Conclusion on Discipline of Occupational Therapy

The CPPF was developed to promote client-centered, evidence-based practice for occupational therapists, and also to engage in reflective practice. The CPPF describes eight key action steps in occupational therapy practice that direct the therapeutic relationship. The CPPF should be used by occupational therapists employed in different environments for individuals that have a wide variety of occupational problems. The CPPF offers a detailed, but the versatile structure that allows the occupational therapist's practice process clear, as evident from the above scenario example. Although the CPPF is sufficiently versatile to accommodate the ever-evolving needs of a wide range of client base and practice contexts, it also offers procedural guidance to practitioners to ensure continuous, deliberate decision-making and reflective practice. The CPPF also needs to take into account the circumstances both of the therapist and the client, thereby further facilitating and supporting client-centered practice.

References for Discipline of Occupational Therapy

Craik, J, Davis, J, & Polatajko, H. (2013). Introducing the Canadian Practice Process Framework (CPPF): Amplifying the context. In E. Townsend & H. Polatajko (Eds.), Enabling occupation II: Advancing an occupational therapy vision for health, well-being, & justice through occupation (2nd ed., pp. 229-246). Canadian Association of Occupational Therapists.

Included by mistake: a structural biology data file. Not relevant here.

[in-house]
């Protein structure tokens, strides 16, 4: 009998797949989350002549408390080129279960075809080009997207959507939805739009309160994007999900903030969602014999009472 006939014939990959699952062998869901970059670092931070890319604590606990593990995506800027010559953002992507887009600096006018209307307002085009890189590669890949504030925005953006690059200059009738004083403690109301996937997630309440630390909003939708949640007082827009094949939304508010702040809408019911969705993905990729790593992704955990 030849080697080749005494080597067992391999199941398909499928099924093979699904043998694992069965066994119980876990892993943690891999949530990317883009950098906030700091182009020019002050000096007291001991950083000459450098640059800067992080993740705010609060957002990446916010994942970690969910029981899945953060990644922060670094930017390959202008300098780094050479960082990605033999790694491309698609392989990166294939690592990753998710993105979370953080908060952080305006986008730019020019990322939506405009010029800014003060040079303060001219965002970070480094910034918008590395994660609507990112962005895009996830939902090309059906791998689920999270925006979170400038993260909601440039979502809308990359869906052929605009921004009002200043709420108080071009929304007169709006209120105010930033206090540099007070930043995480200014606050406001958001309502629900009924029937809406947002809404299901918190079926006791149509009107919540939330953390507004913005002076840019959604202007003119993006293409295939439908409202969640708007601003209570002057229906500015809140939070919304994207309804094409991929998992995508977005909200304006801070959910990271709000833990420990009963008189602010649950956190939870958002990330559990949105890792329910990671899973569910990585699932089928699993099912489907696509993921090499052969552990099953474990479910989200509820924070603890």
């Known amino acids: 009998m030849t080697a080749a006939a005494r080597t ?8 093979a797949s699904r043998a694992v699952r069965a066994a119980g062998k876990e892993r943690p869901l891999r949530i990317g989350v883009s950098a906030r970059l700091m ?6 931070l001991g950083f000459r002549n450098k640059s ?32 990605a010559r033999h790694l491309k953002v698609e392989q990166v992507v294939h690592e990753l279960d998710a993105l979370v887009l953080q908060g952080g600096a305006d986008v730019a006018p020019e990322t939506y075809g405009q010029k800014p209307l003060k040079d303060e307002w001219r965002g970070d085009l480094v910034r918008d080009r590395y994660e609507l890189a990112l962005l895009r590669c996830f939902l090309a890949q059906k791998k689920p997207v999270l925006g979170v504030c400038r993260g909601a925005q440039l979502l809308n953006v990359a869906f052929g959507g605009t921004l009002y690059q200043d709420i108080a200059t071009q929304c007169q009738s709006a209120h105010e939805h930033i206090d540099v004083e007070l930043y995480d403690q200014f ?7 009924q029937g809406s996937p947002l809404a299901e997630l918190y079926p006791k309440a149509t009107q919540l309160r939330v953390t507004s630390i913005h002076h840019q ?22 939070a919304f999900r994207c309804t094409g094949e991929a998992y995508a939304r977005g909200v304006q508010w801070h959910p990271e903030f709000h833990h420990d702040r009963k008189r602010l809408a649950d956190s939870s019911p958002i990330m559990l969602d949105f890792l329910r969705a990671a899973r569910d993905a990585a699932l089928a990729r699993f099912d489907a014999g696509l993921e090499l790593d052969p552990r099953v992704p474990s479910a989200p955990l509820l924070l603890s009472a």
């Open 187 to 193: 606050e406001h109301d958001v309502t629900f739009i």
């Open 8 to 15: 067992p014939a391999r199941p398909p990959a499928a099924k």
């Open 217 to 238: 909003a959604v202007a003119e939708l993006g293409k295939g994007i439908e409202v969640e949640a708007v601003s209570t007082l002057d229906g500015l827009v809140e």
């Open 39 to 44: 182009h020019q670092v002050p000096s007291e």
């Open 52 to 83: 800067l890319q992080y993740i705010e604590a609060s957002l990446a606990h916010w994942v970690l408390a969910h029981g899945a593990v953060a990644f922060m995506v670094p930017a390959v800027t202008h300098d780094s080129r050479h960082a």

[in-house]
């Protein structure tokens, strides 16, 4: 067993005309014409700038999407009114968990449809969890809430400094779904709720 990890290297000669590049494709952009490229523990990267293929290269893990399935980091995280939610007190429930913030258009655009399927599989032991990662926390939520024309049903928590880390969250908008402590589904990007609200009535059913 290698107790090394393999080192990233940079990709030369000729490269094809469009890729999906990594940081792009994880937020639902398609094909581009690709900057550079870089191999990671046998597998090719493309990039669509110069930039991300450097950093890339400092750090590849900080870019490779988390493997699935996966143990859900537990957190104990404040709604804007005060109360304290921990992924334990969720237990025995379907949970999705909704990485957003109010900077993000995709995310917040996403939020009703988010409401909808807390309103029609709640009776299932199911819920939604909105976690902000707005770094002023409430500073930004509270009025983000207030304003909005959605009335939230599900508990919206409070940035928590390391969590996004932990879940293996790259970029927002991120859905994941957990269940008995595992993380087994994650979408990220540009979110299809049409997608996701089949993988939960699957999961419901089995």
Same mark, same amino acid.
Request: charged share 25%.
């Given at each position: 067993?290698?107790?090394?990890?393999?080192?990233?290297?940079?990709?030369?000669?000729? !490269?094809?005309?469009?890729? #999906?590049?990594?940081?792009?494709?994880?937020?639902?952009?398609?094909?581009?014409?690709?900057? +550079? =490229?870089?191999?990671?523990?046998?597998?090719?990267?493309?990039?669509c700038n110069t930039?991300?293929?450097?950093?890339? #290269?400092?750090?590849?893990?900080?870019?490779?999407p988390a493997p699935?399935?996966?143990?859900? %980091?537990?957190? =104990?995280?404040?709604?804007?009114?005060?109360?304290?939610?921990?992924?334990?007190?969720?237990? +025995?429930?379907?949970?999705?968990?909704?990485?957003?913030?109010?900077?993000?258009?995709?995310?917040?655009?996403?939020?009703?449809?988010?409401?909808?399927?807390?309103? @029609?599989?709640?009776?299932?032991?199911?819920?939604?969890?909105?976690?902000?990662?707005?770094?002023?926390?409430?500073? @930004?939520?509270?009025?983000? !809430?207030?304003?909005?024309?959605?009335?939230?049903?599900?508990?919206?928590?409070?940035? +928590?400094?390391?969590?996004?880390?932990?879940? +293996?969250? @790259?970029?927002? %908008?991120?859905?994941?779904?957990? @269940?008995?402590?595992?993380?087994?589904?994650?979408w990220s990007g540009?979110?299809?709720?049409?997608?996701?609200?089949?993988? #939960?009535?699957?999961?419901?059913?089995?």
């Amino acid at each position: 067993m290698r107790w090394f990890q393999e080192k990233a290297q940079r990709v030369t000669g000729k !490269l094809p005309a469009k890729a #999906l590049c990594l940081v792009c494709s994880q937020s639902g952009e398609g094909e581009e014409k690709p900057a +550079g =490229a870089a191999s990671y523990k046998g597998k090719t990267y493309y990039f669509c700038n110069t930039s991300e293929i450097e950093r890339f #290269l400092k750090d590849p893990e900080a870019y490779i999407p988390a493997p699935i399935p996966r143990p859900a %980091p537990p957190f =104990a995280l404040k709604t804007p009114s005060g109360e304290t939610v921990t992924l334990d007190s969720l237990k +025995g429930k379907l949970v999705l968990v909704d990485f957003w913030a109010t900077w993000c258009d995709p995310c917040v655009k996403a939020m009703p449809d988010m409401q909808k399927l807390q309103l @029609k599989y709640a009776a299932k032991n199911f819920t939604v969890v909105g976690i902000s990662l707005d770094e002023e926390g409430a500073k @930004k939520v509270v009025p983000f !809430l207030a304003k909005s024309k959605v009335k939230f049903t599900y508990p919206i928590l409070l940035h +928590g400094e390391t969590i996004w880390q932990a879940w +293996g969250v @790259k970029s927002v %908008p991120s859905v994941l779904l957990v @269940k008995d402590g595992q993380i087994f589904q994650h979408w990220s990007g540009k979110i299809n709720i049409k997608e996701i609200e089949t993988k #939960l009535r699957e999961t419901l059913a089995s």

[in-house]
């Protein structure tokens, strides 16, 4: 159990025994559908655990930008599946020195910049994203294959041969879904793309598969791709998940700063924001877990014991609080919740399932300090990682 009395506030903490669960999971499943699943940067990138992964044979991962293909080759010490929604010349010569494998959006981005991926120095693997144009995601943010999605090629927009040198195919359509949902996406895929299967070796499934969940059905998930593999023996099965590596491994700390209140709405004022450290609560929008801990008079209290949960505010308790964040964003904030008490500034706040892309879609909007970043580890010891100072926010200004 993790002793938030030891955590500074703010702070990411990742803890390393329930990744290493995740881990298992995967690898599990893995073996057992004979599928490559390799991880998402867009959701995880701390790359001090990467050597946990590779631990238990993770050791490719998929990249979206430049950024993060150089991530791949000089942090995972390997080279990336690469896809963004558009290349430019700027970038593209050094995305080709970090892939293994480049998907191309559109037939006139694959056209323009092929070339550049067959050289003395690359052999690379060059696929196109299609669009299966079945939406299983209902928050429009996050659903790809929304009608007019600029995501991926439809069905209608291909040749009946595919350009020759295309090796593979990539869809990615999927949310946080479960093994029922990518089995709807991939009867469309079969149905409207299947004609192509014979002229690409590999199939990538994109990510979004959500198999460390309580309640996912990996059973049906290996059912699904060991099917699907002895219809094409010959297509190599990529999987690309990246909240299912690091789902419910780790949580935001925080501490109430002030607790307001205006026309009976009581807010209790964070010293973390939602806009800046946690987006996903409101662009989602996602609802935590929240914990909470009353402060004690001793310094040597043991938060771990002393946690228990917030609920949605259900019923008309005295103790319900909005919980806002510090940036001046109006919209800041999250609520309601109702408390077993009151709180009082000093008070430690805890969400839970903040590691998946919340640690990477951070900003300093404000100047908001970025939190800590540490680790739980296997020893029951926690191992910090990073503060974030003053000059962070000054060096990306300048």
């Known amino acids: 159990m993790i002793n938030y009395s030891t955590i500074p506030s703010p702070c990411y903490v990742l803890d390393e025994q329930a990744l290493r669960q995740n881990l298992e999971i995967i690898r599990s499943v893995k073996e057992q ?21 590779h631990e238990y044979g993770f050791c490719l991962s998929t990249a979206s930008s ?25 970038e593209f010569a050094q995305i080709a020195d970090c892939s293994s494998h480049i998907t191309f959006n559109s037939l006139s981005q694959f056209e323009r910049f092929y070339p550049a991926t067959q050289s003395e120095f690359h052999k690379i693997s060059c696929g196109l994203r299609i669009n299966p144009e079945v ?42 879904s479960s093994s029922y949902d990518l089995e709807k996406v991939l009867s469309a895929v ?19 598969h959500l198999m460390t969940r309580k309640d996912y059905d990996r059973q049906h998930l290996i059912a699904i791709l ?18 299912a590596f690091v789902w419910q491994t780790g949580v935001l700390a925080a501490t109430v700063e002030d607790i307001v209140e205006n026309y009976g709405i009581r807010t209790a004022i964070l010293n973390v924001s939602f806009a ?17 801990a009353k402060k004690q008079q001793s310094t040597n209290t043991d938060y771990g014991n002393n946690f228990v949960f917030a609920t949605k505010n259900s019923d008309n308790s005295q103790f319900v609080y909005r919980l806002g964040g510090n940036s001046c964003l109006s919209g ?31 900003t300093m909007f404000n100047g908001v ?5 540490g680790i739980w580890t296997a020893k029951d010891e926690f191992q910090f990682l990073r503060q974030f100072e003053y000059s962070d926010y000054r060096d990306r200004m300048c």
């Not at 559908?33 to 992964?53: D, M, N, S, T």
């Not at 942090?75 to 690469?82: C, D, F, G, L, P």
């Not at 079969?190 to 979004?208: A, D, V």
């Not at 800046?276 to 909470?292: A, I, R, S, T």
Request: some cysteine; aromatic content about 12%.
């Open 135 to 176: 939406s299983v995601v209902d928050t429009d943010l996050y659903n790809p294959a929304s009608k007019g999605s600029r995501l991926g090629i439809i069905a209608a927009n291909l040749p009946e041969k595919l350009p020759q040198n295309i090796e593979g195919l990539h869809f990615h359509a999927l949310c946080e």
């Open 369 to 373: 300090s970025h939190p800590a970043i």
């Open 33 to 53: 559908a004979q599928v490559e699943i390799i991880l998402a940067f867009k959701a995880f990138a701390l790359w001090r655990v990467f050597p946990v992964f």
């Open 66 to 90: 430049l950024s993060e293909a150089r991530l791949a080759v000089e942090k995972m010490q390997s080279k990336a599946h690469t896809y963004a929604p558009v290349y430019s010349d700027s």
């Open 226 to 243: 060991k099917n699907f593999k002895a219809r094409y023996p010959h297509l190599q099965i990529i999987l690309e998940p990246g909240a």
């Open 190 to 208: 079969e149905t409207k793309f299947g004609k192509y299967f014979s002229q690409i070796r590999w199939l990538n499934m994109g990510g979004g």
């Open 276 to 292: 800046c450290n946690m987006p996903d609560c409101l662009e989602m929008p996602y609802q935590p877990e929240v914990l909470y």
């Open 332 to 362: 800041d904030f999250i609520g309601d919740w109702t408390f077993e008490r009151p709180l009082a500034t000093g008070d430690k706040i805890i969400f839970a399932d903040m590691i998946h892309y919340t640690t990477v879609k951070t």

Di Tommaso, A., Wicks, A., Scarvell, J., & Isbel, S. (2019). Experiences of occupation-based practice: an Australian phenomenological study of recently graduated occupational therapists. British Journal of Occupational Therapy82(7), 412-421.

Kielhofner, G. (2009). Conceptual foundations of occupational therapy practice (4th ed.). F.A. Davis.

Leclair, L. L., Lauckner, H., & Yamamoto, C. (2019). An occupational therapy community development practice process. Canadian Journal of Occupational Therapy86(5), 345-356.

Machingura, T., & Lloyd, C. (2017). Contemporary occupational therapy: Disruption or transformation. International Journal of Therapy and Rehabilitation24(1), 3-4.

Pereira, R. B. (2017). Towards inclusive occupational therapy: Introducing the CORE approach for inclusive and occupation‐focused practice. Australian Occupational Therapy Journal64(6), 429-435.

Polatajko, H. J., Craik, J., Davis, J., & Townsend, E. A. (2007). Canadian practice process framework (CPPF). EA Townsend & HJ Polatajko. Enabling Occupation II: Advancing an Occupational Therapy vision of Health, Well-being, & Justice through Occupation, 233.

Reitz, S. M., Scaffa, M. E., & Dorsey, J. (2020). Occupational Therapy in the Promotion of Health and Well-Being. The American journal of occupational therapy: official publication of the American Occupational Therapy Association74(3), 7403420010p1-7403420010p14.

Taylor, R. R. (2020). The intentional relationship: Occupational therapy and use of self. FA Davis.

Townsend, E. A., & Polatajko, H. J. (2007). Advancing an occupational therapy vision for health, well-being, and justice through occupation. Ottawa, ON: CAOT Publications ACE.«Enabling Occupation II présente une vue en coupe tranversale du MCRO-P pour définir et délimiter le domaine de préoccupation des ergothérapeutes, c’est-àdire l’occupation humaine.

van Hartingsveldt, M., & Piskur, B. (2017). Het Canadian Model of Occupational Performance and Engagement (CMOP-E) en het Canadian Practice Process Framework (CPPF). Grondslagen van de ergotherapie, (5e druk), 341-356.